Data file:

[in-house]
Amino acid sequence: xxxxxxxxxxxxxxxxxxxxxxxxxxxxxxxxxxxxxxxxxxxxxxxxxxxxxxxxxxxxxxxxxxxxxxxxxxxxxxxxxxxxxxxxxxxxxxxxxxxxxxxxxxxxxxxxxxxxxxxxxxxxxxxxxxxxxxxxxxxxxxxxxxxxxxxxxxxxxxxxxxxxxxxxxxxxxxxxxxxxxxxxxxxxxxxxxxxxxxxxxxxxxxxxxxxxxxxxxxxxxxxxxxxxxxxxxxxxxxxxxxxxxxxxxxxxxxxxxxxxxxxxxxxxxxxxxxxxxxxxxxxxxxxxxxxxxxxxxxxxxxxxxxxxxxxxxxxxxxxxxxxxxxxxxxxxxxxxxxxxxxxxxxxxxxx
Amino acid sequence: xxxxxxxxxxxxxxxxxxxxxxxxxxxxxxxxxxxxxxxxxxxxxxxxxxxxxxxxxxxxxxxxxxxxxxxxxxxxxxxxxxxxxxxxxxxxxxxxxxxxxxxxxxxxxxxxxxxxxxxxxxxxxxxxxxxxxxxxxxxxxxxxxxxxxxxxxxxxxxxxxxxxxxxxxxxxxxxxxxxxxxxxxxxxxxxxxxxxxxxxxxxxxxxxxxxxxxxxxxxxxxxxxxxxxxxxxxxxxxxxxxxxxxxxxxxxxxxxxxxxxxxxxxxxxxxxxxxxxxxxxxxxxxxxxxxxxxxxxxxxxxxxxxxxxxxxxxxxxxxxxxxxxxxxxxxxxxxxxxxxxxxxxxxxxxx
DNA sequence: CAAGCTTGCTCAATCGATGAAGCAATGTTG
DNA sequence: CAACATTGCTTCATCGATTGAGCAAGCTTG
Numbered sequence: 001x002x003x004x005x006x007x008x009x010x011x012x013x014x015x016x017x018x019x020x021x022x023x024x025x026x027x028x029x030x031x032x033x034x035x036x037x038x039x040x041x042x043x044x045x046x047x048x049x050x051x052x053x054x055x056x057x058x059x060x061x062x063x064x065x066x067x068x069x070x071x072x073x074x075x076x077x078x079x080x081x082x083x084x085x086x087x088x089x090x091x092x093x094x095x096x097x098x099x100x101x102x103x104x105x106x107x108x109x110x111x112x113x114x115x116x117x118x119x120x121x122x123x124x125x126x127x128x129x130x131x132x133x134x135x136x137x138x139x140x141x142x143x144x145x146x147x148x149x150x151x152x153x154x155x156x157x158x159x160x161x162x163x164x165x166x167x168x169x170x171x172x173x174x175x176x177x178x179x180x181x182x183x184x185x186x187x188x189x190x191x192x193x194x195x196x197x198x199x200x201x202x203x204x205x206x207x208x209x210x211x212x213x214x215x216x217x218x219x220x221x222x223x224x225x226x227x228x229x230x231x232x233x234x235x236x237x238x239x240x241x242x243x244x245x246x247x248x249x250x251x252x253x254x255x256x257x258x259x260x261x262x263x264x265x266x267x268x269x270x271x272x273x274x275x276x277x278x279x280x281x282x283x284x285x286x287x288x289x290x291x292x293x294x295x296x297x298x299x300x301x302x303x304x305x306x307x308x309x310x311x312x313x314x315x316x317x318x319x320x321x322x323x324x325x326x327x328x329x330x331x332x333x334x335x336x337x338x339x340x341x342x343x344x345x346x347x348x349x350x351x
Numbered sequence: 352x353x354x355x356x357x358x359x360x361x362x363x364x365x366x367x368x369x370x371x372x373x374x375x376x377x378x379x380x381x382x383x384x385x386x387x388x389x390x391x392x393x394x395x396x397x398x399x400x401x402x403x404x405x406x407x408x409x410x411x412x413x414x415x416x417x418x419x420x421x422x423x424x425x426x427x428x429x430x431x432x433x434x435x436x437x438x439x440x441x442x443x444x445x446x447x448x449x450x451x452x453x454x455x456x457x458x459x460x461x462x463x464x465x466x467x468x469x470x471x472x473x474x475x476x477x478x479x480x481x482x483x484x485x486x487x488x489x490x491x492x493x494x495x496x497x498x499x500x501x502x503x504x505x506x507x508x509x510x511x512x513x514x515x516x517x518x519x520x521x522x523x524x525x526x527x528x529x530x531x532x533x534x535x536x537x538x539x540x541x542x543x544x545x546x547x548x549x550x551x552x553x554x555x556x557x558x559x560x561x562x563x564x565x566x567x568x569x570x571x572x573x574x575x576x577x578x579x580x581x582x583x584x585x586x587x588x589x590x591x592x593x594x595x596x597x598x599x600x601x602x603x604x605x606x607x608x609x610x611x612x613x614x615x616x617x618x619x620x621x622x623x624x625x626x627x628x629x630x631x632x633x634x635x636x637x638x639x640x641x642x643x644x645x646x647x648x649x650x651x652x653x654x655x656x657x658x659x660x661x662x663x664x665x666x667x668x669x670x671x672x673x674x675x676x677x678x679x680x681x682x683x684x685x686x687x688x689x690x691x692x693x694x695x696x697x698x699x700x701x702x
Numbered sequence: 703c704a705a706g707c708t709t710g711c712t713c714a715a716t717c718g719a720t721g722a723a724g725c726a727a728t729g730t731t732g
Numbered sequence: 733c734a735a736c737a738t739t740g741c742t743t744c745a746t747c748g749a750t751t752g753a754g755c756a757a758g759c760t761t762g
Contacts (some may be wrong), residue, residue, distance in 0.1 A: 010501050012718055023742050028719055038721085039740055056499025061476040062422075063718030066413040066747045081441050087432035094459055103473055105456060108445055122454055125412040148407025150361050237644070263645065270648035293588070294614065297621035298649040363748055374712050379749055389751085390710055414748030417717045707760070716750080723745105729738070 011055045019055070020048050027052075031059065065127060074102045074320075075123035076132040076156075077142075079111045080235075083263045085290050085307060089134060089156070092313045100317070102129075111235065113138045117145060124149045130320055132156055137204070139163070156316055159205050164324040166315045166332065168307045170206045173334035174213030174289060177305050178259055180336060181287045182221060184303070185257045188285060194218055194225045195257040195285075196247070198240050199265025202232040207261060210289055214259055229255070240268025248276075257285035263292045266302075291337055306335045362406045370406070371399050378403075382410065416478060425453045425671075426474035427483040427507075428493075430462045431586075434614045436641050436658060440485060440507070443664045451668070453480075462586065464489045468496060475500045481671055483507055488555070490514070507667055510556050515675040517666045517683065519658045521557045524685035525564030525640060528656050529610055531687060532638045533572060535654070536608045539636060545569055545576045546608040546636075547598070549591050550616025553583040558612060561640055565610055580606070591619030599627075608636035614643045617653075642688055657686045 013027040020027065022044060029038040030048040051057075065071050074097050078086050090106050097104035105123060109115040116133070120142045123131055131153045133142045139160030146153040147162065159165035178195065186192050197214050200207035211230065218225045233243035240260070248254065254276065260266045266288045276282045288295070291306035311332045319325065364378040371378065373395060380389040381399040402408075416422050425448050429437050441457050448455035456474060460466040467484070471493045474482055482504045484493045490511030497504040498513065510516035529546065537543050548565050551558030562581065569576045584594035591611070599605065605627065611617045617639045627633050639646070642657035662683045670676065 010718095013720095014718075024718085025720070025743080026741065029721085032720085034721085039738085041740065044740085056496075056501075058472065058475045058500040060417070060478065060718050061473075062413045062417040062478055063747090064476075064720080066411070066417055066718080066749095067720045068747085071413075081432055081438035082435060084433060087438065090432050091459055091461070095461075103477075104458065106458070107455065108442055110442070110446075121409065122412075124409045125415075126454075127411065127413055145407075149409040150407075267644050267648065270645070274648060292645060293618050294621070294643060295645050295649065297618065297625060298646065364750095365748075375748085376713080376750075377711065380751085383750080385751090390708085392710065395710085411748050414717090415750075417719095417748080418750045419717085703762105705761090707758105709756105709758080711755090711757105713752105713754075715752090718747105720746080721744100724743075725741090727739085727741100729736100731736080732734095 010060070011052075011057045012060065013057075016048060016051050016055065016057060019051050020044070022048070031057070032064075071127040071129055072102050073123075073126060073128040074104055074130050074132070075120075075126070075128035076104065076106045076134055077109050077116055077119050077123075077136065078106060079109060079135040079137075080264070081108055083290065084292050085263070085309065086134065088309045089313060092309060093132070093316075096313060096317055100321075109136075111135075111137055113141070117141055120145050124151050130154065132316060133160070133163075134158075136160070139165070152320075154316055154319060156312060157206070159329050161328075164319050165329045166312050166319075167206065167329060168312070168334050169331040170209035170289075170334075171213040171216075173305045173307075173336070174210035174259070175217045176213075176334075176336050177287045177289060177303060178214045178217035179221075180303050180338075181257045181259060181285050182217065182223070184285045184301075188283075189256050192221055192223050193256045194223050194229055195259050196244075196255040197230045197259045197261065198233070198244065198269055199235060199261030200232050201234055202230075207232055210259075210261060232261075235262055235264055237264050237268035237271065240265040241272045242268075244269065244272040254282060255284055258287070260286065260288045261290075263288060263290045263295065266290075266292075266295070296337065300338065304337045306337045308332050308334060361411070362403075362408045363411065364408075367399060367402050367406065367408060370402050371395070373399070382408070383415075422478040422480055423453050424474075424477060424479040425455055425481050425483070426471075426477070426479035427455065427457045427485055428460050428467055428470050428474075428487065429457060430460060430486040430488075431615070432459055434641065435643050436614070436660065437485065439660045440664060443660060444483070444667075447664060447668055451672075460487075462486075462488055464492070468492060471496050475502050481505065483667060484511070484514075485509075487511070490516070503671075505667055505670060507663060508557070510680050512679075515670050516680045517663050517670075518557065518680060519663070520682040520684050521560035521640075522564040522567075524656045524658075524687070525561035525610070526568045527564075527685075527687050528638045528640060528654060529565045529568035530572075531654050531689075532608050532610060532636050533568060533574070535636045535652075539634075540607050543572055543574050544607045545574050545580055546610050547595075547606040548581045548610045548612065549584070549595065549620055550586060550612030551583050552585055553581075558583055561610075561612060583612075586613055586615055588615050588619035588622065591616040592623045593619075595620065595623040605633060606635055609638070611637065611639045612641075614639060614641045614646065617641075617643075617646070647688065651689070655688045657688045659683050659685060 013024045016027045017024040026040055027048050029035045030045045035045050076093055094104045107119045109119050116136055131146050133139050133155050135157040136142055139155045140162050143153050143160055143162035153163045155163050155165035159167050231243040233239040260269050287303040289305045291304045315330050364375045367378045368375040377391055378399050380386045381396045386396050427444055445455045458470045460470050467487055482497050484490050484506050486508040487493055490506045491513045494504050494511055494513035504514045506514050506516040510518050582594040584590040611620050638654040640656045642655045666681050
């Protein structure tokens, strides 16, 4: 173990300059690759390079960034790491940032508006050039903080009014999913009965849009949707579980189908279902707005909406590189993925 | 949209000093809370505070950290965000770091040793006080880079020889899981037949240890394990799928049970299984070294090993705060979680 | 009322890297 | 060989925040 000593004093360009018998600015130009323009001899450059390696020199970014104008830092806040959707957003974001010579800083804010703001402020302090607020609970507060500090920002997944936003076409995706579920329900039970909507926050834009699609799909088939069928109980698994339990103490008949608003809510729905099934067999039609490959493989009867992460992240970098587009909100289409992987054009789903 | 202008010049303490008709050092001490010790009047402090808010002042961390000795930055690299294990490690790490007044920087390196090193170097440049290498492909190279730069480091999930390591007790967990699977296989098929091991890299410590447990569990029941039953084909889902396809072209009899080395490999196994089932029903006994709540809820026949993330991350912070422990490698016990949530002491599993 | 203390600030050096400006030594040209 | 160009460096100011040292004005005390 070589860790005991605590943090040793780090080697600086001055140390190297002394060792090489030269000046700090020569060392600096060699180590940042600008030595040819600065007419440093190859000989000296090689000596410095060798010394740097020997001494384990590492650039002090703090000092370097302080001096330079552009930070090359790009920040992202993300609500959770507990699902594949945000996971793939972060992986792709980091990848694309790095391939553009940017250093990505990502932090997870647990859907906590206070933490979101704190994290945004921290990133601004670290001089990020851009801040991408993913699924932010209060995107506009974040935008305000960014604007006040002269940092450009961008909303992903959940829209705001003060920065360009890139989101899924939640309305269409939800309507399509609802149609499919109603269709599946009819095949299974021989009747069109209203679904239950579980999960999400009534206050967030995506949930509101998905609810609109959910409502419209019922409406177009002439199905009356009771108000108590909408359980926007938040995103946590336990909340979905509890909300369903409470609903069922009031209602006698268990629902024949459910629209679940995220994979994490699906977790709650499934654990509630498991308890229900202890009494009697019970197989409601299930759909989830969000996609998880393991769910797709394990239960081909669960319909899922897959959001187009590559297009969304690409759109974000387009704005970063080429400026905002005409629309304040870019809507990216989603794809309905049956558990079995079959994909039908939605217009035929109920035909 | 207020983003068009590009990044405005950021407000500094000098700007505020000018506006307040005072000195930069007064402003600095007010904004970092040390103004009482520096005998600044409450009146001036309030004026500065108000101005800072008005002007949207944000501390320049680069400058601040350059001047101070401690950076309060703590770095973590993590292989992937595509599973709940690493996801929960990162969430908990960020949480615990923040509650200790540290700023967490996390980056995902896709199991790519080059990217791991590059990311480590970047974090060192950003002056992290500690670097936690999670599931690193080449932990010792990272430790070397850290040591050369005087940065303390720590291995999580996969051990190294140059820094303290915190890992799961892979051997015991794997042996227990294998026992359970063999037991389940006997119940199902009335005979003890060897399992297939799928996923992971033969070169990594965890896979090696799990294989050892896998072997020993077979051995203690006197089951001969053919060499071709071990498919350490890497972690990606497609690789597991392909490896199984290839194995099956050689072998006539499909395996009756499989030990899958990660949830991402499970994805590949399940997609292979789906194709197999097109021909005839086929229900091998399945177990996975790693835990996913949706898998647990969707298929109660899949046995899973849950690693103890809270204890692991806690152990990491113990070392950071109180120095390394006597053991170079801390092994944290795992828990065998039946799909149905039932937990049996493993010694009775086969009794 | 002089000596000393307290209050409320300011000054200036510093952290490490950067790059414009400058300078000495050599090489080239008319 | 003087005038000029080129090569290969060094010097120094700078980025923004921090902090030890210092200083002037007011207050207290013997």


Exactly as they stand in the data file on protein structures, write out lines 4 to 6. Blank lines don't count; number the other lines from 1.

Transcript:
DNA sequence: CAAGCTTGCTCAATCGATGAAGCAATGTTG
DNA sequence: CAACATTGCTTCATCGATTGAGCAAGCTTG
Numbered sequence: 001x002x003x004x005x006x007x008x009x010x011x012x013x014x015x016x017x018x019x020x021x022x023x024x025x026x027x028x029x030x031x032x033x034x035x036x037x038x039x040x041x042x043x044x045x046x047x048x049x050x051x052x053x054x055x056x057x058x059x060x061x062x063x064x065x066x067x068x069x070x071x072x073x074x075x076x077x078x079x080x081x082x083x084x085x086x087x088x089x090x091x092x093x094x095x096x097x098x099x100x101x102x103x104x105x106x107x108x109x110x111x112x113x114x115x116x117x118x119x120x121x122x123x124x125x126x127x128x129x130x131x132x133x134x135x136x137x138x139x140x141x142x143x144x145x146x147x148x149x150x151x152x153x154x155x156x157x158x159x160x161x162x163x164x165x166x167x168x169x170x171x172x173x174x175x176x177x178x179x180x181x182x183x184x185x186x187x188x189x190x191x192x193x194x195x196x197x198x199x200x201x202x203x204x205x206x207x208x209x210x211x212x213x214x215x216x217x218x219x220x221x222x223x224x225x226x227x228x229x230x231x232x233x234x235x236x237x238x239x240x241x242x243x244x245x246x247x248x249x250x251x252x253x254x255x256x257x258x259x260x261x262x263x264x265x266x267x268x269x270x271x272x273x274x275x276x277x278x279x280x281x282x283x284x285x286x287x288x289x290x291x292x293x294x295x296x297x298x299x300x301x302x303x304x305x306x307x308x309x310x311x312x313x314x315x316x317x318x319x320x321x322x323x324x325x326x327x328x329x330x331x332x333x334x335x336x337x338x339x340x341x342x343x344x345x346x347x348x349x350x351x